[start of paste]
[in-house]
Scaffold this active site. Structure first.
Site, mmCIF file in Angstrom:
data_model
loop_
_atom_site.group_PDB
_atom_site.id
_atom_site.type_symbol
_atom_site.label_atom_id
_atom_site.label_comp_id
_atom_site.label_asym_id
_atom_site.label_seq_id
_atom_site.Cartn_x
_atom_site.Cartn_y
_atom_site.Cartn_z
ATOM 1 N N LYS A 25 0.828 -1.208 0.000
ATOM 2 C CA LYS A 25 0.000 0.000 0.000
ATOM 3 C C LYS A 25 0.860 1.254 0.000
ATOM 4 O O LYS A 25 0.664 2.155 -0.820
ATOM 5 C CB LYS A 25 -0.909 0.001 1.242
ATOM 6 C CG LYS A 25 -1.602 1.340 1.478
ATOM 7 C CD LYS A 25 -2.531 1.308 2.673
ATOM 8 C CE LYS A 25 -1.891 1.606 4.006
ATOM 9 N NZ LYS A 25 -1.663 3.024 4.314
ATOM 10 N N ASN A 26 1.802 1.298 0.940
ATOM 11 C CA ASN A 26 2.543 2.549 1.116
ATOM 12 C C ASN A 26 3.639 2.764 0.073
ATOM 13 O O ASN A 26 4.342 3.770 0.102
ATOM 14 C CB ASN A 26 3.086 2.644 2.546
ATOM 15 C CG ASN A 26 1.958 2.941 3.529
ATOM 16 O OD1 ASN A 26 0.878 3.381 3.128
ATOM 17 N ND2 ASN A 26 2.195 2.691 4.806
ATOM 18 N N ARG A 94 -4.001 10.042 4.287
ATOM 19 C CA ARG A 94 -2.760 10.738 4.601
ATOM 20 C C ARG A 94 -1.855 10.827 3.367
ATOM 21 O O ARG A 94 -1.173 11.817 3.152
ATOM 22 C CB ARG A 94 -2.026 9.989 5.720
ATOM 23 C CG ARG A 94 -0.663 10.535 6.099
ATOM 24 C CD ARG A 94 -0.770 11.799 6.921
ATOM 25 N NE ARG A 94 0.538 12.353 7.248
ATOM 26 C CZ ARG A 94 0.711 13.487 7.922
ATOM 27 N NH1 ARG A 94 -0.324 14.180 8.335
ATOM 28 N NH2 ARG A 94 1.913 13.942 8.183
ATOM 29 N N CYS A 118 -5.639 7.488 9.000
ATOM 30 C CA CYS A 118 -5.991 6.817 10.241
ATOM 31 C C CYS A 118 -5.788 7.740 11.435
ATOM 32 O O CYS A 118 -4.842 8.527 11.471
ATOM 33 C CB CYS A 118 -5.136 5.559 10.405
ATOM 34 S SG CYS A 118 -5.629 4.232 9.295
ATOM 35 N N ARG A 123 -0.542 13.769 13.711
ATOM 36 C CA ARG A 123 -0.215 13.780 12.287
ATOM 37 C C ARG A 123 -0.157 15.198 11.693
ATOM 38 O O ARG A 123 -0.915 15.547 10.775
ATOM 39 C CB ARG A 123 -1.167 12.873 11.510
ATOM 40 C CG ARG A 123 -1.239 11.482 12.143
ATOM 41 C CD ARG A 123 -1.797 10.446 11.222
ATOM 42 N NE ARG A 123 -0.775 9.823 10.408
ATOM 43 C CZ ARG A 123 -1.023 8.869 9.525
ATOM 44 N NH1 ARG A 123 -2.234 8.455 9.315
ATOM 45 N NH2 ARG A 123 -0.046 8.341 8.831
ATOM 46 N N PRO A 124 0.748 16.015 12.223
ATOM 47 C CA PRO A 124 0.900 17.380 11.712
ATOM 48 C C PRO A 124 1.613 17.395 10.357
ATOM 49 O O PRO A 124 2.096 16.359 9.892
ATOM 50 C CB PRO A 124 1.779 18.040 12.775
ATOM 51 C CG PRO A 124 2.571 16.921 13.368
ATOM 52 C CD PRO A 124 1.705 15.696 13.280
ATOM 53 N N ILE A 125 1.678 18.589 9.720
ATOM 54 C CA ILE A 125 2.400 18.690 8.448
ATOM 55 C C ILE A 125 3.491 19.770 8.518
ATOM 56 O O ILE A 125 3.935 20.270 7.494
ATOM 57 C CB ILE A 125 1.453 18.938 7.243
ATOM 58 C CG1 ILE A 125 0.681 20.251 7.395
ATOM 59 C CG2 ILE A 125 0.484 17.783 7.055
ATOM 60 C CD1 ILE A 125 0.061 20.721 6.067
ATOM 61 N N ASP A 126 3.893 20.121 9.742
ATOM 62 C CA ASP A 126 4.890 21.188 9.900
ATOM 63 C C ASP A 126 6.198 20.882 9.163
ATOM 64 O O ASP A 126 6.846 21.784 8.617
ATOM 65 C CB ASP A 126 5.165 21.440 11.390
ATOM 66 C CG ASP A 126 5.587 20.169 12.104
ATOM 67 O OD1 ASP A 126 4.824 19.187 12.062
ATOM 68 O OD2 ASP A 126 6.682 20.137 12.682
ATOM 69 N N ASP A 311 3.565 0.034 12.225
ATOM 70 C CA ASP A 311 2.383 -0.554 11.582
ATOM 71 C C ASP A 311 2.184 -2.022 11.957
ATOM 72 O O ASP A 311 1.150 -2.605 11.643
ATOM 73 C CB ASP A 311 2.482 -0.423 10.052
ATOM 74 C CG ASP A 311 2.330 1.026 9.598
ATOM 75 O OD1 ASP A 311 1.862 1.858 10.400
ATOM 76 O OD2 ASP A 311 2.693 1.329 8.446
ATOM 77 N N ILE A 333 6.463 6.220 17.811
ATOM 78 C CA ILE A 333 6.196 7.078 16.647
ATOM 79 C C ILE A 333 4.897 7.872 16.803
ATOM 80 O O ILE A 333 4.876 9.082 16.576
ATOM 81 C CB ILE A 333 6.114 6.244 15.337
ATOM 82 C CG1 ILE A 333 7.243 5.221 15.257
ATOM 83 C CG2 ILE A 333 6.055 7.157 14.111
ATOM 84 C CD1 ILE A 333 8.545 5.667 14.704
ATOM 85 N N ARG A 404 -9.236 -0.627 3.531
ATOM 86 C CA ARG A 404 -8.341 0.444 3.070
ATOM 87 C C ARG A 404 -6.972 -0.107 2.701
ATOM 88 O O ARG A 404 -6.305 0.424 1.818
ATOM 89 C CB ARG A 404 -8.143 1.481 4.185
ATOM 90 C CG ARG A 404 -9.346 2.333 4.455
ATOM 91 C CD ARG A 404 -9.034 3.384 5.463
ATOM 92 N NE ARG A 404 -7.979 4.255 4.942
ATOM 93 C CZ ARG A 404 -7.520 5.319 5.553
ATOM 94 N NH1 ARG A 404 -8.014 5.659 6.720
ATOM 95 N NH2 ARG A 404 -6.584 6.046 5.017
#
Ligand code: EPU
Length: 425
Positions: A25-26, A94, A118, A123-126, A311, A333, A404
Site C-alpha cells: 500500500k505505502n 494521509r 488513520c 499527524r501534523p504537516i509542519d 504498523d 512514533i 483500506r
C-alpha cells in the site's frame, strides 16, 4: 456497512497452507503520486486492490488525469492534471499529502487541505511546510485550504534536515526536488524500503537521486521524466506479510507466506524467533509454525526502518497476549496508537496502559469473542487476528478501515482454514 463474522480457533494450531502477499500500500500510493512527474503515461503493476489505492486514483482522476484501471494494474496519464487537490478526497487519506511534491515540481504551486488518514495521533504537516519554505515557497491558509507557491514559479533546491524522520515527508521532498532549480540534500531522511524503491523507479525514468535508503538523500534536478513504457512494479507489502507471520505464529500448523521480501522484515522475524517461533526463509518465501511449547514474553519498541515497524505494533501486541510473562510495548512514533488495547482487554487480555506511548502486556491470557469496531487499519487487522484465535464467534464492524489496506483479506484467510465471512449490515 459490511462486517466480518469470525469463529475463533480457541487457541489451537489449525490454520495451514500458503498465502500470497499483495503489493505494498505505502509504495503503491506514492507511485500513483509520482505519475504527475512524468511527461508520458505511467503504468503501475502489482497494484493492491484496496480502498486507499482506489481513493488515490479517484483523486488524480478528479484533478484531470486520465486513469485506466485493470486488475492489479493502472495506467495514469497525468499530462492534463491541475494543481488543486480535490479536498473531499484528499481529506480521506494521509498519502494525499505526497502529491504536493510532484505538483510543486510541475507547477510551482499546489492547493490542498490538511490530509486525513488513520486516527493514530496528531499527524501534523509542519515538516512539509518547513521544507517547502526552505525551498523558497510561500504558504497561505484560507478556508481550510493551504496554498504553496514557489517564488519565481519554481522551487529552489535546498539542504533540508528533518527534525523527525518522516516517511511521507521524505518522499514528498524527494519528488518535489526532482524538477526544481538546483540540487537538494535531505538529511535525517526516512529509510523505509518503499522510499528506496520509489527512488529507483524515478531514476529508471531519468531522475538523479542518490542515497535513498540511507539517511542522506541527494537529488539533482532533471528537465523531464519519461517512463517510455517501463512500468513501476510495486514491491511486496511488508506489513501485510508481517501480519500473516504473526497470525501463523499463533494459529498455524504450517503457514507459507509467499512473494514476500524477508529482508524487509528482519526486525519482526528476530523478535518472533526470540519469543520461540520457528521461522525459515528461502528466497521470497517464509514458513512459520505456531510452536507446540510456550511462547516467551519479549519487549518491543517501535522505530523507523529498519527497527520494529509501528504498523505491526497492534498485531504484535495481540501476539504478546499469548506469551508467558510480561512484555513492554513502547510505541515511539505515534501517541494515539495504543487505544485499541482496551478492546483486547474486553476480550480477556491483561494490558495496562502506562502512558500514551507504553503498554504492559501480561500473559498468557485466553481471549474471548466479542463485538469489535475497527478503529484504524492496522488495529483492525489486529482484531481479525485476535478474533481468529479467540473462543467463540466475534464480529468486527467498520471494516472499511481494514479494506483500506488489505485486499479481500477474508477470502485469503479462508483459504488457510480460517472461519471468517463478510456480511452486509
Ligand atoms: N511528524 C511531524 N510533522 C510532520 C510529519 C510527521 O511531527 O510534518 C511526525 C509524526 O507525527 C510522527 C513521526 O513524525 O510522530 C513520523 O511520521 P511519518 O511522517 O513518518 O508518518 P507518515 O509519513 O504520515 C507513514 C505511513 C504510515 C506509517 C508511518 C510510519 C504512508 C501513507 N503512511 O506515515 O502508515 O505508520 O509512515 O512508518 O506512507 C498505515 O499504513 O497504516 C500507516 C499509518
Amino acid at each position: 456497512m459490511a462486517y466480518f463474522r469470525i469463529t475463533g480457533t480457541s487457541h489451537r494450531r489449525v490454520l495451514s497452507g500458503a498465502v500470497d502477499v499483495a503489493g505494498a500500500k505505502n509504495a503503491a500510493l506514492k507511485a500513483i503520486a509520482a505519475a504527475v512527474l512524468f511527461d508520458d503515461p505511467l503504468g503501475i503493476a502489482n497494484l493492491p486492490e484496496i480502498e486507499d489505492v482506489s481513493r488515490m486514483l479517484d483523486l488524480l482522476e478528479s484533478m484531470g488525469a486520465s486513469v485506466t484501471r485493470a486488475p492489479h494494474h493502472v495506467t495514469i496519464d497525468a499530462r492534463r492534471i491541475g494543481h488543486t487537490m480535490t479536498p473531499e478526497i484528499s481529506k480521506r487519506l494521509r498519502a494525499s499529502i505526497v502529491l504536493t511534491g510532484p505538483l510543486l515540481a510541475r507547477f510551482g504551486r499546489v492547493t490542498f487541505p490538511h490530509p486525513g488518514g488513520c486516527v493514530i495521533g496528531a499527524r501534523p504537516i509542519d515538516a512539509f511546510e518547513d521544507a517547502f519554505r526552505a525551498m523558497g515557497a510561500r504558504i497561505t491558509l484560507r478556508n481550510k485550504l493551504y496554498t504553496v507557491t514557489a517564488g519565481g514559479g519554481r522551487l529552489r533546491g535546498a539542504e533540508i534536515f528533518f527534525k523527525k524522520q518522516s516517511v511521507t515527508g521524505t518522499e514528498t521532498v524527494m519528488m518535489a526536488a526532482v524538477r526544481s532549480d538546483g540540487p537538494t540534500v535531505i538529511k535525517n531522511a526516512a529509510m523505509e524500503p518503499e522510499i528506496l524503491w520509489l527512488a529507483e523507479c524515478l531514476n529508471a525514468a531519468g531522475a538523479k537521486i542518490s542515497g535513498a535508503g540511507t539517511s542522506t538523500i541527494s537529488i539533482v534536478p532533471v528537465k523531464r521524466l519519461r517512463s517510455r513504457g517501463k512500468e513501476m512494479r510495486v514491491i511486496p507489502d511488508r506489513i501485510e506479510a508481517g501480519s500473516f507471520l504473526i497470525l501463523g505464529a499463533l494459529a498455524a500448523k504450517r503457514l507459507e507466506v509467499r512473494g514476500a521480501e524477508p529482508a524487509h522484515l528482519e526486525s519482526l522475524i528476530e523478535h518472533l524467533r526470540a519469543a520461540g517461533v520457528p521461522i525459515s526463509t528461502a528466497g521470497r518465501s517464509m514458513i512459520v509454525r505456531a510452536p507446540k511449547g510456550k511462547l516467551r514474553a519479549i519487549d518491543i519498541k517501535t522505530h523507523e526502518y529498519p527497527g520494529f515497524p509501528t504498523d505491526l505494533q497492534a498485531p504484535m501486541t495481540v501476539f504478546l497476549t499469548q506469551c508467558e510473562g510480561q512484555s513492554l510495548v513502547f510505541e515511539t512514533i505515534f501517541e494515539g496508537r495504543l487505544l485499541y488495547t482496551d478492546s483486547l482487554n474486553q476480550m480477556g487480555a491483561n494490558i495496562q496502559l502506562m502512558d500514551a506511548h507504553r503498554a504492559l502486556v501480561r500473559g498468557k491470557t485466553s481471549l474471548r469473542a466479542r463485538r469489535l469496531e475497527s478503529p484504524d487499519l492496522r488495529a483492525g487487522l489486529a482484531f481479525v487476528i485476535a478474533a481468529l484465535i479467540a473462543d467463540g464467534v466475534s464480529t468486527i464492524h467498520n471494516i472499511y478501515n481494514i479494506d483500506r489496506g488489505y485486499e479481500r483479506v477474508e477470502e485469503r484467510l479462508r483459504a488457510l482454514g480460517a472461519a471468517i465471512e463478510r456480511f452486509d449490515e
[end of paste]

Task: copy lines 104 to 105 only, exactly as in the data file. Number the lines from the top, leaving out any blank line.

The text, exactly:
ATOM 89 C CB ARG A 404 -8.143 1.481 4.185
ATOM 90 C CG ARG A 404 -9.346 2.333 4.455